Some thingsPosted by DavidCDawson Thu, September 08, 2016 20:49:29
So the task from my
writers’ group was five hundred words on accident and emergency. That was
three days ago. Now here I am, half past six on a Sunday morning, driving to
the John Radcliffe Hospital with Nick fading fast in the passenger seat. Is
that irony? Or God having a laugh? Well there is no God so it must be Mother
Nature taking the piss. Ooh, there’s controversial. Father God or Mother
Nature? Who’s the worst supreme being? Which one gave my partner the pneumonia,
which is now sapping the life out of him?
the colour of fire ashes and coughs like an asthmatic. He just sits there, with
his head resting on the door pillar of the car. He’s not even
flinching at my terrible gear changes. He must be sick.
So, I can do Thame to
the John Radcliffe Hospital in Oxford in under eighteen minutes. It’s
official. And illegal. Officially illegal. If I’d been pulled
over I had a good excuse sitting next to me, hacking up phlegm to prove the
need for speed.
Thank God for the
National Health Service. Or rather, thank you Nye Bevan for the National Health
Service. And thank you to the one point three million people who work in it.
Thank you Google for that fact. And thank you to the amazing people who are
here on duty in accident and emergency today.
Seven minutes. That’s
all it took. From arriving at the reception desk to Nick having an oxygen mask
put over his face. Blood tests. Intravenous antibiotics. More blood tests, then
the X-ray that shows the storm cloud of pneumococcus over his left lung. We
take a photo. Perhaps it will be a first for Facebook. Something to share and
like. Yes! Three people like it in the first twenty minutes. Why isn’t
there a “that’s terrible”
button on Facebook? (Ed: OK, there is now..)
lying here now. His breathing is shallow, but his temperature is falling and
his oxygen levels have stabilised. It’s a start. The doctor has curly hair
falling across his baby face. He looks like Jesse Eisenberg, the actor who
played Mark Zuckerberg in the film the Social Network. Perhaps I should ask him
about the Facebook button idea. Maybe not. He might look young but he’s
got a brain the size of a planet. Like all the doctors here.
on the phone, trying to find a free bed to admit Nick to the hospital. He’s
making a lot of calls. Endlessly patient. Endlessly polite. But persistent.
Thank goodness for his intelligent idealism. Let’s hope the
dead hand of government health service reform doesn’t squeeze it
been admitted. The only bed was in infectious diseases. Inappropriate, as pneumonia
isn’t infectious. But it means he gets his own room. On the ground floor
with a window looking onto a garden. Well, a scattering of gravel and three
pretty looking weeds. Nick’s asleep. He will get better.
Some thingsPosted by DavidCDawson Thu, September 08, 2016 20:43:59Published in the first anthology for Chesham Writers and Scribblers 2015. Look out for the second one this autumn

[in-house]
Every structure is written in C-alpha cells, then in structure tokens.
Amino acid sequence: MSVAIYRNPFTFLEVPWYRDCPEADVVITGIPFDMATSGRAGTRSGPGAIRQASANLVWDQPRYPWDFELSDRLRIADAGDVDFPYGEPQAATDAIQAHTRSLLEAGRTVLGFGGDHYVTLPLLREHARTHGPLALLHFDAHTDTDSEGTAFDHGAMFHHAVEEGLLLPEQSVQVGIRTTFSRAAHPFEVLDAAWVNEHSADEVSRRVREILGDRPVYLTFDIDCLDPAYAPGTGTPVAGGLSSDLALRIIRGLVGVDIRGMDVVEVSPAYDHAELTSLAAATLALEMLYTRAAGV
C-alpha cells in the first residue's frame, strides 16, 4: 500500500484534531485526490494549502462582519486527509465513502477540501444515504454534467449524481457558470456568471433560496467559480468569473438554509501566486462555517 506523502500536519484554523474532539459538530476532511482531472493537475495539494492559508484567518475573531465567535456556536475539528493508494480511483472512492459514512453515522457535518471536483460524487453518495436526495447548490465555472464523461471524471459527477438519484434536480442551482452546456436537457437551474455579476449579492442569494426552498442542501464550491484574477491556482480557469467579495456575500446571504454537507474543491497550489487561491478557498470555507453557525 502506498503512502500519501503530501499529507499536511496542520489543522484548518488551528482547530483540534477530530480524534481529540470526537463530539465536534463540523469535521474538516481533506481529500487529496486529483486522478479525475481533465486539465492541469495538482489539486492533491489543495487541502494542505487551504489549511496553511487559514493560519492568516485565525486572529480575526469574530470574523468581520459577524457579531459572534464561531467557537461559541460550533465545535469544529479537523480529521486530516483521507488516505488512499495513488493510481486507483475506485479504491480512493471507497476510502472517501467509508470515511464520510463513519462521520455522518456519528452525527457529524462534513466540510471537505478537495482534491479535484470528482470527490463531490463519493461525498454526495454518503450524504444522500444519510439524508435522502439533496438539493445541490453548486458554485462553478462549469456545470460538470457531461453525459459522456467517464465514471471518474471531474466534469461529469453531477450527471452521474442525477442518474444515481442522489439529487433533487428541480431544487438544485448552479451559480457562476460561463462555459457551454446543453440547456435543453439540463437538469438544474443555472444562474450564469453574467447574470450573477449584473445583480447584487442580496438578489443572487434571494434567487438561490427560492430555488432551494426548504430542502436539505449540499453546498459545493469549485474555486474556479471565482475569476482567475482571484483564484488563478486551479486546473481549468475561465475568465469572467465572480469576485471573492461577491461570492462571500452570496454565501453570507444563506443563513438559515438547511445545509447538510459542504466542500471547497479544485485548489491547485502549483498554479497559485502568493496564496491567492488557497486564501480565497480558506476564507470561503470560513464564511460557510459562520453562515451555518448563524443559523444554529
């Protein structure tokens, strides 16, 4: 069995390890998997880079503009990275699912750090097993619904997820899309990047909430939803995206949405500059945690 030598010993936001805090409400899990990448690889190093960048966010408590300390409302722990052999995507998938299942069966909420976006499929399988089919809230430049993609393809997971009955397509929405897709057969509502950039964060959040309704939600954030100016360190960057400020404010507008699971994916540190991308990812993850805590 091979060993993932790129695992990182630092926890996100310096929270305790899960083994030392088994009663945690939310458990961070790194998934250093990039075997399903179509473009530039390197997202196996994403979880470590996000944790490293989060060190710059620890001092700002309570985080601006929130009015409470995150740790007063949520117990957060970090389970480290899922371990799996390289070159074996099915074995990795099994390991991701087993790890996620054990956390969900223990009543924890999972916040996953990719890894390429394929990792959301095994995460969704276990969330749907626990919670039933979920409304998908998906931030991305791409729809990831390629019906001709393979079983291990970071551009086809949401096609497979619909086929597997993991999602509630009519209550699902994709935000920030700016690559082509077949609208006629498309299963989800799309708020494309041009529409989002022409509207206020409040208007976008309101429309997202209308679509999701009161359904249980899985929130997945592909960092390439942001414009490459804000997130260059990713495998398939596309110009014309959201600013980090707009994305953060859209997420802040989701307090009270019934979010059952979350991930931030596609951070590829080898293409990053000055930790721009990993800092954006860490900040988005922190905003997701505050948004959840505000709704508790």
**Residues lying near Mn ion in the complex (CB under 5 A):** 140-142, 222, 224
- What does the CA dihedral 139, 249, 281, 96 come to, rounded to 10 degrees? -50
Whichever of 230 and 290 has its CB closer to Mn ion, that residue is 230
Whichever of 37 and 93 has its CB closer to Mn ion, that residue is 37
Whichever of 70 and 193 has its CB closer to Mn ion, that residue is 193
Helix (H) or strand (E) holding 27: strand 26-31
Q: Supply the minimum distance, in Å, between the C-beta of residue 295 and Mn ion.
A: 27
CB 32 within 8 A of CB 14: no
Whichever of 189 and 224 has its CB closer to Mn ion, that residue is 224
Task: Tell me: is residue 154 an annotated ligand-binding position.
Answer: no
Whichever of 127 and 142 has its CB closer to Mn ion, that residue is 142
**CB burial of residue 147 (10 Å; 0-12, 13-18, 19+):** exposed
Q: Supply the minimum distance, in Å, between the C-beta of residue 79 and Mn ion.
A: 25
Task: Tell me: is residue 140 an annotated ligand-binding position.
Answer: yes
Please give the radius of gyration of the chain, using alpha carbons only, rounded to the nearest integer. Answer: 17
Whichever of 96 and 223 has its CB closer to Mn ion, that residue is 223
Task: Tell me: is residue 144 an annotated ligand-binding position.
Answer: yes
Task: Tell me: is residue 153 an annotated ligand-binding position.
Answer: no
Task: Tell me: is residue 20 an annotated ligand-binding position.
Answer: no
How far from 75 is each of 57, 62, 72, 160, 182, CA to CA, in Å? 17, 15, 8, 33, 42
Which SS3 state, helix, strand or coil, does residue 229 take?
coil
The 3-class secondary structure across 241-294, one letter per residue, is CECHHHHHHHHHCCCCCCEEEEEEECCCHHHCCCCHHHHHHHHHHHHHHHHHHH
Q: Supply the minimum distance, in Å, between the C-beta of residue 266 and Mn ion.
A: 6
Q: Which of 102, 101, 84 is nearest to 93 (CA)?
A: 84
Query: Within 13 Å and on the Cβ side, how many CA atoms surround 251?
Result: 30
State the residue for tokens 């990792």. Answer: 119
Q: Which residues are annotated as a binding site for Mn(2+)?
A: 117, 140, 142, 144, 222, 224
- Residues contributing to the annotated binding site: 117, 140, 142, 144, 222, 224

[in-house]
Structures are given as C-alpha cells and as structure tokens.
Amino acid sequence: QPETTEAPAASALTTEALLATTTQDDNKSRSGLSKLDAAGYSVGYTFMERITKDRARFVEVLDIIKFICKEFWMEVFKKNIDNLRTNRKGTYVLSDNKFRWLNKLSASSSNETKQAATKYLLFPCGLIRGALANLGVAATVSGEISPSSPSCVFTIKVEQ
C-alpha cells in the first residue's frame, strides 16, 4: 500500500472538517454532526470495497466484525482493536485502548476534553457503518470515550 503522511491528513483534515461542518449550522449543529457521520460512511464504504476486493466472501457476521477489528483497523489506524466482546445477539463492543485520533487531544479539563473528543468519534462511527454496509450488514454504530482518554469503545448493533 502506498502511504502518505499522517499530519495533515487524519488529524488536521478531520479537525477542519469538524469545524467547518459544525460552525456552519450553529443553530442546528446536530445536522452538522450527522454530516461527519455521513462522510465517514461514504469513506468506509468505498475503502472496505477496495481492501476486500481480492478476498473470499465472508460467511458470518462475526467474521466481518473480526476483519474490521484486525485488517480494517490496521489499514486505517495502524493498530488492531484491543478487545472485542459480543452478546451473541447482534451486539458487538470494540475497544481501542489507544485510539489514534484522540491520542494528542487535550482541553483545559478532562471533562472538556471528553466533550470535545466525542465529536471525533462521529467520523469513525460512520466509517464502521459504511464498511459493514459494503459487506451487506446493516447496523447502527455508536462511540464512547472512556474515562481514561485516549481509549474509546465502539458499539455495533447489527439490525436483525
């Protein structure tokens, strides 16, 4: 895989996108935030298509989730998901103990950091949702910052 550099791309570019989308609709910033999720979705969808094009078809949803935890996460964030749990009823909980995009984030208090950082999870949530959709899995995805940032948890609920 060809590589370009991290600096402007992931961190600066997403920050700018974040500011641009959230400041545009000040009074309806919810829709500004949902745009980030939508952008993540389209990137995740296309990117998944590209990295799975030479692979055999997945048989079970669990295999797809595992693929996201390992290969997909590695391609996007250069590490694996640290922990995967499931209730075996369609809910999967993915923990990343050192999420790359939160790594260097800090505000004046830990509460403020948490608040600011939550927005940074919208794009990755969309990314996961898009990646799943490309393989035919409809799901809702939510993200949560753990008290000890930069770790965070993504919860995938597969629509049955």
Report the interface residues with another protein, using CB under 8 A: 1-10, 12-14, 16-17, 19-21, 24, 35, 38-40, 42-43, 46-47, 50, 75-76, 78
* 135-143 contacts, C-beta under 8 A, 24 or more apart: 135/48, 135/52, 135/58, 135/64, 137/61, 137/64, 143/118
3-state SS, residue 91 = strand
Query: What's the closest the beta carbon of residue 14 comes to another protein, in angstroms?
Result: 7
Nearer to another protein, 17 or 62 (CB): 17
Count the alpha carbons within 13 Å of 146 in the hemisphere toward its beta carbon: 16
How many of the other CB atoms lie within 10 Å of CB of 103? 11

A Death in Autumn
As he stood on the platform that late September morning,
Harold got ready to set in motion his plan for the death of the man in the
smart overcoat. The mechanics of the plan had always been simple. But until now
it was the means of avoiding discovery that had eluded him.
Not any more. His plan was now perfected. Today he would put
it into action. Everything was right on this first day of autumn.
The platform was filling, as it always did, for the six
thirty eight to London. This was the first wave of commuters, who always
arrived in good time for the non-stop City train. Immaculately dressed, coffees
in hand, perfectly groomed. Soon would come the last minute dressers. Women
still applying their make-up, men reluctantly putting on their ties. Finally,
at around six thirty two, the pushers and shovers would arrive. Delivered at
the last minute by their spousal taxi services, they started at the back of the
crowded platform, yet always got to the front as the train came to a halt and
its doors opened.
The man in the smart overcoat was part of this last group.
Today, Harold was ready for him.
He had rehearsed his moves many times. He needed to be just
to the man’s side as the train doors opened. He would execute a
swift jab to the man’s thigh as he moved forward and then
Harold would pull back. The forward surge of the commuters would carry the man
into the carriage. Even as the doors closed, the poison injected into his thigh
would begin to act. By the time the train got to Moor Park, the man in the
smart overcoat would be dead.
And good riddance. That man who had cost Harold his job, his
marriage, maybe even his sanity. The man who Harold had seen on television,
saying over and over: “There are always casualties in a
recession”. The man who last Christmas received a bonus of three
million pounds from his bank.
The imminent arrival of the six thirty eight was announced.
It was on time. Harold looked over his right shoulder. As people gathered up
their belongings and shuffled forward, he saw the smart overcoat. Harold stared
straight ahead and drifted to his right as the commuters around him got ready
to move. One further brief glance to his right confirmed that he was alongside
the smart overcoat. Harold reached into his pocket and his fingers wrapped
around the adapted hypodermic. The crowd surged as the train doors opened in
front of him.
By lunchtime it had made the headlines on the television
“The twin brother of Global Bank’s deputy chairman Cedric
Messeter was found dead on a crowded commuter train this morning. Angus
Messeter, a director of the charity Poverty Action, apparently died from a
heart attack. He was forty two. He was a vocal opponent of his banking brother’s hard line approach to
struggling businesses during the recession.”
Some thingsPosted by DavidCDawson Wed, May 11, 2016 07:24:21
that shows we've all been there...